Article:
By contrast, Google develops its brand by innovating in unexpected, but useful, directions: big Javascript apps;  open APIs;  super-effective collaborative spam filtering.  Enthusiasts themselves can no doubt come up with more and better examples.

Underlying all this is the idea that early adopter branding is product-driven.  You actually have to have a good product.  You can’t promote your way to a brand in this arena.

Remaking the News

Saturday, May 30th, 2009

Even as the industry collapses around them, some newspapers seem not to fully understand their own business.

Traditional newspapers consist of reporters (gather content), editors (judge and shape content), ad sales staff, a printing facility and distribution trucks.  Reporters and editors provide the value to end users, and the ad sales pay for it all.

Newspapers were able to charge money largely because printing and distribution costs created barriers to entry for other newspapers.  You can’t afford to buy a printing plant and fleet of delivery trucks if you don’t have circulation, but you can’t get circulation without a printing plant and fleet of delivery trucks.  That’s a big barrier.  As a result, the city paper was the only way to reach a consumer in print on a daily basis.  Local monopoly.  They charged a lot for that, and this is why Warren Buffett loved to own newspapers.

Printing and distribution costs are now zero, thanks to the Web.  This lowers entry barriers, while pushing price down to marginal cost:  zero.  That’s why Web news is mostly free, and Web ads are nearly free.  Oddly, ten years into the collapse, news industry pundits still sometimes ask, “Why are we giving away content?”  They simply don’t understand that free-ness is a microeconomic certainty, given the conditions. Google internally describes the situation very simply:  ”information wants to be free.”  That was always true, but distribution costs created the opportunity for distribution control, which pushed up prices.  Until now.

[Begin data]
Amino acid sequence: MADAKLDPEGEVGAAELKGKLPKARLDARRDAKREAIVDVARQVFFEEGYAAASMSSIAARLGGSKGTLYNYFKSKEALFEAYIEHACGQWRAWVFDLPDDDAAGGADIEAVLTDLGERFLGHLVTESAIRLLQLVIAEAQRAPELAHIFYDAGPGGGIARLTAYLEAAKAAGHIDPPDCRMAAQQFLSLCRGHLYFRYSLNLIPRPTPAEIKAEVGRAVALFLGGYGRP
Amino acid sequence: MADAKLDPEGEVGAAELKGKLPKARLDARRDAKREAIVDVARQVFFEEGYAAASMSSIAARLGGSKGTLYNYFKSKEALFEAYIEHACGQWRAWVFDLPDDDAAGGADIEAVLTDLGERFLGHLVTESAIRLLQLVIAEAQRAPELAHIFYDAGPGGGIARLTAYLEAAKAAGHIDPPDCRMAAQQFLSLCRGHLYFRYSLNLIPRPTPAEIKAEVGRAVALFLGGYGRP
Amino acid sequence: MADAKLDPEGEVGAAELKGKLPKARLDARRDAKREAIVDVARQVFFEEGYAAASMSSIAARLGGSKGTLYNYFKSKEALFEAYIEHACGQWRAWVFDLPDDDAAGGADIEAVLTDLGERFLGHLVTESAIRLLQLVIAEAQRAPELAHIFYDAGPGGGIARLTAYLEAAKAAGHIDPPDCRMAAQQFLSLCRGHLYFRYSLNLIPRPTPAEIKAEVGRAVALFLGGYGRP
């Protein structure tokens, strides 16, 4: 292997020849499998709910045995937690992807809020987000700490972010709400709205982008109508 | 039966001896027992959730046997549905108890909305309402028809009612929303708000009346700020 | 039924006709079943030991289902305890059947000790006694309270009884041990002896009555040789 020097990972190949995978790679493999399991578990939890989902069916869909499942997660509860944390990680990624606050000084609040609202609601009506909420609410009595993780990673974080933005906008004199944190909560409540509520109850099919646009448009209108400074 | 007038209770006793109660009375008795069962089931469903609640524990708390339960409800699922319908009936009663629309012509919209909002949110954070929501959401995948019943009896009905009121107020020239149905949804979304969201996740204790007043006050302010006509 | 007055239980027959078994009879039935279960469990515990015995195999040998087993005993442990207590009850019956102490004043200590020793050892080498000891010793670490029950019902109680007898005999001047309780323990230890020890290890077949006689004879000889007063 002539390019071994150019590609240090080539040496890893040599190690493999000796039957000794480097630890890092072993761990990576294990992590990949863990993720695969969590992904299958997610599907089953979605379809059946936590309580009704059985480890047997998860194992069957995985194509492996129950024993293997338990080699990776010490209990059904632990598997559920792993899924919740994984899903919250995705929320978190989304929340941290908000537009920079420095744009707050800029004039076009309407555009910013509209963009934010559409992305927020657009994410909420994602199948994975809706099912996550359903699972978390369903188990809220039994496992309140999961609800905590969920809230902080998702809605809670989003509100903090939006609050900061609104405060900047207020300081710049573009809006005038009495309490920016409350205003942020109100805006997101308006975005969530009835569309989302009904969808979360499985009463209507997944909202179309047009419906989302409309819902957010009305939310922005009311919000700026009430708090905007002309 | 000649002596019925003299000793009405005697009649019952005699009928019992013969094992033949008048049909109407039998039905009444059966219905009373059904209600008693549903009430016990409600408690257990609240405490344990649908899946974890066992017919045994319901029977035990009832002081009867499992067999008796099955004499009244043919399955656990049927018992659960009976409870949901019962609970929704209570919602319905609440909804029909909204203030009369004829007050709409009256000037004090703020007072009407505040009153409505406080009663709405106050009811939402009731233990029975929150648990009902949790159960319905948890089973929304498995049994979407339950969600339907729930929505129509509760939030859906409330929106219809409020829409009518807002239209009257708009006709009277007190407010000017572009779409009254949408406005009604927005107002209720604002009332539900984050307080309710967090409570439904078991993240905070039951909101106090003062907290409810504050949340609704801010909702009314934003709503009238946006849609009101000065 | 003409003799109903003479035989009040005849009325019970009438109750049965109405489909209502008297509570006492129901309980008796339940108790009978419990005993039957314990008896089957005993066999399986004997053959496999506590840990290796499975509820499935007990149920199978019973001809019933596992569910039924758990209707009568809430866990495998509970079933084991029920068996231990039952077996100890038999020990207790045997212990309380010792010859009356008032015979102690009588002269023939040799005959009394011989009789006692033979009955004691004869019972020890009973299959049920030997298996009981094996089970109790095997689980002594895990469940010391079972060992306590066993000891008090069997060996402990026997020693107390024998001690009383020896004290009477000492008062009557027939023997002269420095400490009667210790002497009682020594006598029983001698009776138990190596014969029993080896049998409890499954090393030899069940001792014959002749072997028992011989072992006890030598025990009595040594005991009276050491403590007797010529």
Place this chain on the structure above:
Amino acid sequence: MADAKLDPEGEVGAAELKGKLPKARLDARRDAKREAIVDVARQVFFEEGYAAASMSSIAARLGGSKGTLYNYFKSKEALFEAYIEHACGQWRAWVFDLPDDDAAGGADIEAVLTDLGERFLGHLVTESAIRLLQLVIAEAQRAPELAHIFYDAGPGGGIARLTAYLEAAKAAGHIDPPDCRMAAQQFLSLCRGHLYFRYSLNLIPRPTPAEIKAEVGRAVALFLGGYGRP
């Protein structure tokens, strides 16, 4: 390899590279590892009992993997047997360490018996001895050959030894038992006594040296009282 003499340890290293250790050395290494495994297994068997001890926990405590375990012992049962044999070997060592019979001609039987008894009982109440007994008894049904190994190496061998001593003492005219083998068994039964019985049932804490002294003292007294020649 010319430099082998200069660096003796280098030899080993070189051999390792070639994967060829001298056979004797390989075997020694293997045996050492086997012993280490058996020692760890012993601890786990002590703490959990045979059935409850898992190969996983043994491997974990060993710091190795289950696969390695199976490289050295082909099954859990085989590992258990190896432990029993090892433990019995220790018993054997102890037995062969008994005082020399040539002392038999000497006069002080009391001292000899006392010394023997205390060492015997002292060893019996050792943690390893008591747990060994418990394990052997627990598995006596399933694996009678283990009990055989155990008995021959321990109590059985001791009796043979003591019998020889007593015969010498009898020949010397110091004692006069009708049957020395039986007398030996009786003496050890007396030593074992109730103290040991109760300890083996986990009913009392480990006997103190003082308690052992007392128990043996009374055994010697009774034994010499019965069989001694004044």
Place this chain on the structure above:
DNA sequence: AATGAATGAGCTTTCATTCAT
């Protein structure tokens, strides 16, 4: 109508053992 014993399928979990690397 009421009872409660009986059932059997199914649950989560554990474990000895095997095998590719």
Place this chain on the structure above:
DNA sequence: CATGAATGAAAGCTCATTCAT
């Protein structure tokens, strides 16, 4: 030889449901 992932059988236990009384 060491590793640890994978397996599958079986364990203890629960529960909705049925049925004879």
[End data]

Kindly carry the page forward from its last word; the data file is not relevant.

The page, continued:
So that whole industry is the walking dead, excepting a few very strongly branded papers.  What might replace the other 500 papers that disappear?

Go back to the second paragraph and look at the list of functions performed by newspapers.  Note how only two pieces of this puzzle are useful to the reader:  reporters and editors.  The rest, from the end user perspective, was just an unavoidable cost of getting the content.

So the real question in news is how to pay for information gathering and editing.  And we already have a partial answer to the editing problem:  bloggers.

Not all blogs are collections of random ruminations (as this one is).  There is a small but growing handful of blogs that act as meta-editors for the news.

For example, Calculated Risk and Naked Capitalism, two respected finance blogs, are increasingly quoted by traditional media.  They are written by industry professionals with over a decade each of experience in their respective specialties (mortgage and investment banking).

From the reader’s perspective, these two blogs do what the city newspaper editor used to do:  edit the news.  They read everything publicly available on a given story, condense it, and tell a pithy and interesting story.  

They also have a business model.  Each has a wide readership, which lets them sell ads.  Though each author could, so far, probably make more money doing something else, there are certainly cases where bloggers are already making a living by acting as meta-editors.

In short, the editing function may be a solved problem.  Each successful news blogger becomes a sort of one-person brand.  That brand sustains a readership, which in turn sustains an ad base.  

This leaves a harder problem:  news gathering.  Currently nearly all news bloggers are parasitical on newspaper reporting.  They don’t actually fly to Geneva to talk to a banker, but instead judge the comments the banker made to a NY Times reporter. Obviously this will fail when the newspapers go under.  What will pay for content gathering?

Basically, bloggers will eventually have to pay the Associated Press, or a lightweight Web-only equivalent of AP, for stories.  This will probably work once blogs completely replace news, but we are headed for a chasm, during which newspapers and AP have laid off all their reporters, but blogs (or their proxies) have not yet hired any back.